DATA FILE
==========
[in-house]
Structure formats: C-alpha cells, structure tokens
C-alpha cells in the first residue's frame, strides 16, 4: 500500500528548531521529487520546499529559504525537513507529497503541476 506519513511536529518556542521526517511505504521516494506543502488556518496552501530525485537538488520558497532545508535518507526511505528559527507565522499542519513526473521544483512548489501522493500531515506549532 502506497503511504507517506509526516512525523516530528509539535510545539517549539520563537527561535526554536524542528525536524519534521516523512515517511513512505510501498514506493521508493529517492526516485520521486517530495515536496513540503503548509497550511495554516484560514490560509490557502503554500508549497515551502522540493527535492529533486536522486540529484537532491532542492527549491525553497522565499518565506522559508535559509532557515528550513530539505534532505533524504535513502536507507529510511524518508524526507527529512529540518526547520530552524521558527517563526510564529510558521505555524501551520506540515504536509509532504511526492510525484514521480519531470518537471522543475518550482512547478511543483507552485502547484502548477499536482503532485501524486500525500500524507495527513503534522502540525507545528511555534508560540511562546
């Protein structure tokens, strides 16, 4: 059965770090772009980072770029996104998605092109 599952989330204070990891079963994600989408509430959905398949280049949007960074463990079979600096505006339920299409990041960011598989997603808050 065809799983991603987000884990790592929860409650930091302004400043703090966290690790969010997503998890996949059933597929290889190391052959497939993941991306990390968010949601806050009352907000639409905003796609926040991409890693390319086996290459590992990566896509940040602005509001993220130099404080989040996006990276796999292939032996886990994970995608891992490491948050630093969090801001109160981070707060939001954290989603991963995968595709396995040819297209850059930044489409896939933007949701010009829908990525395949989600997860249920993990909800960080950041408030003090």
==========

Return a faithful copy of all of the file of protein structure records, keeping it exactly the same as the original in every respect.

[in-house]
Structure formats: C-alpha cells, structure tokens
C-alpha cells in the first residue's frame, strides 16, 4: 500500500528548531521529487520546499529559504525537513507529497503541476 506519513511536529518556542521526517511505504521516494506543502488556518496552501530525485537538488520558497532545508535518507526511505528559527507565522499542519513526473521544483512548489501522493500531515506549532 502506497503511504507517506509526516512525523516530528509539535510545539517549539520563537527561535526554536524542528525536524519534521516523512515517511513512505510501498514506493521508493529517492526516485520521486517530495515536496513540503503548509497550511495554516484560514490560509490557502503554500508549497515551502522540493527535492529533486536522486540529484537532491532542492527549491525553497522565499518565506522559508535559509532557515528550513530539505534532505533524504535513502536507507529510511524518508524526507527529512529540518526547520530552524521558527517563526510564529510558521505555524501551520506540515504536509509532504511526492510525484514521480519531470518537471522543475518550482512547478511543483507552485502547484502548477499536482503532485501524486500525500500524507495527513503534522502540525507545528511555534508560540511562546
């Protein structure tokens, strides 16, 4: 059965770090772009980072770029996104998605092109 599952989330204070990891079963994600989408509430959905398949280049949007960074463990079979600096505006339920299409990041960011598989997603808050 065809799983991603987000884990790592929860409650930091302004400043703090966290690790969010997503998890996949059933597929290889190391052959497939993941991306990390968010949601806050009352907000639409905003796609926040991409890693390319086996290459590992990566896509940040602005509001993220130099404080989040996006990276796999292939032996886990994970995608891992490491948050630093969090801001109160981070707060939001954290989603991963995968595709396995040819297209850059930044489409896939933007949701010009829908990525395949989600997860249920993990909800960080950041408030003090």